Become a digitalPLUS subscriber. $12 for 12 weeks.
News Maryland Baltimore County Towson

Towson residents plan protest against Royal Farms project

A faction of Towson residents is planning to speak out against a plan to move the Towson fire station and replace it with a Royal Farms store.

Residents of the small Morningside Drive community in West Towson — which overlooks the site — are planning a protest later this week, and intend to speak against the project at the Nov. 26 Baltimore County work session, resident Peggy King said Monday.

"We're not happy at all with the fact that the fire station is going to move," King said.

Baltimore County Executive Kevin Kamenetz announced the winning bid for the Towson fire station and public works site, located at Bosley Avenue and York Road, on Oct. 24.

The Royal Farms proposal was submitted in April by CVP-TF LLC, which Kamenetz said includes Towson-based Caves Valley Partners. County officials said the present value of the bid is for $8.5 million, with the profits used to build a new fire station at the corner of Bosley Avenue and Towsontown Boulevard, officials said.

In addition to the Royal Farms store and gas station, the site will also feature approximately 10,000 square feet of retail, and a 4,200-square-foot pad that can be used as a restaurant or bank, officials said.

Plans also include LED lighting officials said will generate no light pollution, and a waterfall feature that they said will serve as a gateway to Towson for southbound commuters.

Still, people living nearby have raised concerns about whether the project fits the area. Though York Road is one of the busiest commercial thoroughfares in Baltimore County, the 26-home enclave on Morningside Drive in West Towson overlooks the fire station and several other residential communities stand across York Road.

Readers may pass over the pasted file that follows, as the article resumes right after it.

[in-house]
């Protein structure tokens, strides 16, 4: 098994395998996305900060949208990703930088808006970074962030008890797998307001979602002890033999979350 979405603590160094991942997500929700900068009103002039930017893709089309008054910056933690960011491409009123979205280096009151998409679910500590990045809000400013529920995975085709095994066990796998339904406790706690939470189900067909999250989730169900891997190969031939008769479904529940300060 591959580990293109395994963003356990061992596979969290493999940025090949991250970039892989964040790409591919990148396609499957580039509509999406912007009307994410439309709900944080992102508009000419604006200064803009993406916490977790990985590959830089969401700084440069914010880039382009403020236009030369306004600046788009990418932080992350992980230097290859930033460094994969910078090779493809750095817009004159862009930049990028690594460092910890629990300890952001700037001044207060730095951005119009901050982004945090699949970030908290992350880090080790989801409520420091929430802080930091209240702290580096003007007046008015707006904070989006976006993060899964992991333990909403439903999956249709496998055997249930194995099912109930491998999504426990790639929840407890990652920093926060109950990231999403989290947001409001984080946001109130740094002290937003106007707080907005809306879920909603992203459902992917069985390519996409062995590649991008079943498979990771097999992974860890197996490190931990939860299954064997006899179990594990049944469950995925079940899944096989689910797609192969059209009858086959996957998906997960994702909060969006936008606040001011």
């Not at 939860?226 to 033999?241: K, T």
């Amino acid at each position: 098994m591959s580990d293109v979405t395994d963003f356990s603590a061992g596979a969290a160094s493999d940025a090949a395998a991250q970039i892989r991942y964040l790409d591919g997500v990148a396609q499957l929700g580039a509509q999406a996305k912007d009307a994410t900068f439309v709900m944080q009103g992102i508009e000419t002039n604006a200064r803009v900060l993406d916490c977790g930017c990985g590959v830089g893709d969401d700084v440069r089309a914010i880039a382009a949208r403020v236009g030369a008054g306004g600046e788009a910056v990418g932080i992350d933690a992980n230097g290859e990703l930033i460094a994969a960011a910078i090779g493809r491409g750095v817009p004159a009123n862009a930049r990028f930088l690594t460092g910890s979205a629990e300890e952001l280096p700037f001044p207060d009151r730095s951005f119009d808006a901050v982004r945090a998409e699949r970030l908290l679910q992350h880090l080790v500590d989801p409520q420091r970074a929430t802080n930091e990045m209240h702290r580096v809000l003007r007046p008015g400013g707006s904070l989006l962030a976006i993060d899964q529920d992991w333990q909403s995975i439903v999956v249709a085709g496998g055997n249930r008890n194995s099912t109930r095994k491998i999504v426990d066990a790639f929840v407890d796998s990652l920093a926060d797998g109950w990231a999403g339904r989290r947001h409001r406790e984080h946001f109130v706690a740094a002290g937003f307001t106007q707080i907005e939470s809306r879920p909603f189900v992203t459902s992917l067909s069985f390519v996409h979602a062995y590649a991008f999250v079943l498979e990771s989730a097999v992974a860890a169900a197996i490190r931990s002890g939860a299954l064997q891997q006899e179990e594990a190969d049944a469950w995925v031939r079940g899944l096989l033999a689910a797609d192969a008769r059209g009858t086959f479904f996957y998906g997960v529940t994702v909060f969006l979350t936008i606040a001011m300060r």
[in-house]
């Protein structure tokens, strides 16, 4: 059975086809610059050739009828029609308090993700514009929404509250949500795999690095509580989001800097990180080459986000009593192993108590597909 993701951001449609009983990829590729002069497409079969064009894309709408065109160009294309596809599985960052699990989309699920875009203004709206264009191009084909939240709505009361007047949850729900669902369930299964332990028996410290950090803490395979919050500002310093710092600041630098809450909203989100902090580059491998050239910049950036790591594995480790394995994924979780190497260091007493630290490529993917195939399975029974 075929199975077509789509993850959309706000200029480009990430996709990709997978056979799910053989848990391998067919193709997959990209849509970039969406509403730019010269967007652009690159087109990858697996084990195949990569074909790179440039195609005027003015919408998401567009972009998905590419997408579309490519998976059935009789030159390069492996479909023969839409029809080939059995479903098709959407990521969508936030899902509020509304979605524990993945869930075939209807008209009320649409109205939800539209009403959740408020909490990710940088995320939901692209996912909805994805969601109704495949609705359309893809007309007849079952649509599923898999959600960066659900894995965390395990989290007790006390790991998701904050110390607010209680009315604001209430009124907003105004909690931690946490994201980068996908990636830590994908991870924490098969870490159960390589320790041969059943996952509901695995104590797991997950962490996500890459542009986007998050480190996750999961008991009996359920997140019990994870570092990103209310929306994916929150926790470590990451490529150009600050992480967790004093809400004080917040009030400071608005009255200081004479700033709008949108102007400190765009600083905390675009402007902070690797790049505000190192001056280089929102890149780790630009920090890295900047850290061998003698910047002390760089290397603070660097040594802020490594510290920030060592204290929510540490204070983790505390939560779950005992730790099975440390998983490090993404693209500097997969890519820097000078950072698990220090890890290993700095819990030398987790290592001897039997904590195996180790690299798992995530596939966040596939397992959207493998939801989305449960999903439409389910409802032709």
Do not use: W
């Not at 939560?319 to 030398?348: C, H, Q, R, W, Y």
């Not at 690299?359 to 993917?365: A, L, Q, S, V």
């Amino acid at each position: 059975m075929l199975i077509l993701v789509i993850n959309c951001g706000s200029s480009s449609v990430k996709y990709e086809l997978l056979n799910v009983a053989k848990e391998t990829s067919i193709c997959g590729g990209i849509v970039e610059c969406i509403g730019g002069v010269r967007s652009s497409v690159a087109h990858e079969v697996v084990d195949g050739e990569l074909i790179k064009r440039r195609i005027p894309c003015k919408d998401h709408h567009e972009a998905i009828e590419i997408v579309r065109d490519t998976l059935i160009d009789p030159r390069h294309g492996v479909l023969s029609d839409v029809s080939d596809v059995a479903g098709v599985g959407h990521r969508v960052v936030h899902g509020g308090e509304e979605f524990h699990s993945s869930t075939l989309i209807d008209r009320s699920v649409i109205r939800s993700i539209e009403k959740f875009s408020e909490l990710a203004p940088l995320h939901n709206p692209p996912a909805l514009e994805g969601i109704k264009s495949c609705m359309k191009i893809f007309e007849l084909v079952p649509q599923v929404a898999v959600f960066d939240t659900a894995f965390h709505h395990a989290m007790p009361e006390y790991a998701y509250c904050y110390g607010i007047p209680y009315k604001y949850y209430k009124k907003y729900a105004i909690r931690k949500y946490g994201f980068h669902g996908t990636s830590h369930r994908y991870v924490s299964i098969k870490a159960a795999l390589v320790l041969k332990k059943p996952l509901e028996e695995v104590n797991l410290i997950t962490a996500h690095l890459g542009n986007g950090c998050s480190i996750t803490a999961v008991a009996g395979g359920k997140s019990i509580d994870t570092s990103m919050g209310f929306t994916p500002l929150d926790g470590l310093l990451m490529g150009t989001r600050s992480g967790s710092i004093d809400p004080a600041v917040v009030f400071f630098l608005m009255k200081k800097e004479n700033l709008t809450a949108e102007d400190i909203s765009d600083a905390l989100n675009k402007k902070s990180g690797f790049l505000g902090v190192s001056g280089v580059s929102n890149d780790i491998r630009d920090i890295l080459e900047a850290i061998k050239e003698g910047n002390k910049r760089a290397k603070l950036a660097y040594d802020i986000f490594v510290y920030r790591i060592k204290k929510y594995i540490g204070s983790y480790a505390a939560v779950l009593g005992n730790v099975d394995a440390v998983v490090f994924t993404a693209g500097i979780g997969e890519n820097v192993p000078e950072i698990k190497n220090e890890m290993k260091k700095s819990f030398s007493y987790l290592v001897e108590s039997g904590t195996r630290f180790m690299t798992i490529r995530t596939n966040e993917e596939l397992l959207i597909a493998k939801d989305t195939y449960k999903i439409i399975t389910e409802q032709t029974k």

King, president of the Morningside Community Association, said her neighborhood has four main issues. They're concerned about the lighting at the site; congestion at the already-crowded intersection; the loss of the fire station; and the crime they feel is associated with such convenience stores, King said.

According to King, many of the community's longtime residents "still have a lot of hard feelings" about the placement of the county detention center at its location at Bosley Avenue and Kenilworth Drive.

"The county shoved it down our throat," King said.

King said her neighborhood was planning a protest for later this week, which she said would likely be joined by surrounding communities and businesses.

Since the Royal Farms project was announced, Councilman David Marks, who represents Towson, said he's organized several meetings between the residents of Morningside Drive, the project's developers and county officials.

"What I am focusing on is protections that we could give those neighboring communities should the fire station be moved" and the Royal Farms project goes forward, Marks said. "I'm spending a lot of time on this issue, particularly with 101 York being moved off the radar. My top priority is making sure if this fire station is moved, we have as many protections as possible for western Towson in terms of noise, lighting — things like that."

Should the sale go through, the project will also need to be approved as a planned unit development (PUD), which is required for construction outside of a project's zoning designation. The land is zoned BM-CT, which is reserved for town centers but gas stations are not permitted in those areas.

Marks said the PUD approval process, which includes several public input periods, is an opportunity to "insist on very rigorous protections for the community."

When he announced the Royal Farms project bid, Kamenetz said the initial council vote to approve the bid would be based solely on whether the county has received fair value for the properties.

The Towson fire station sale is one of three property sale contracts the council slated for vote on Dec. 2. In Randallstown, the former police substation building is up for sale to a nearby nursing home, and Vanguard Development Group was selected as the winning bid for the North Point Government Center site in Dundalk. Pending approval of the sale, that site will be redeveloped as a retail center, with the surrounding open space and recreation center preserved.

The three contracts will be considered individually, and will be discussed at the Nov. 26 work session. The work session begins at 2 p.m. in the Historic Courthouse in Towson.

Copyright © 2014, The Baltimore Sun
Related Content
Comments
Loading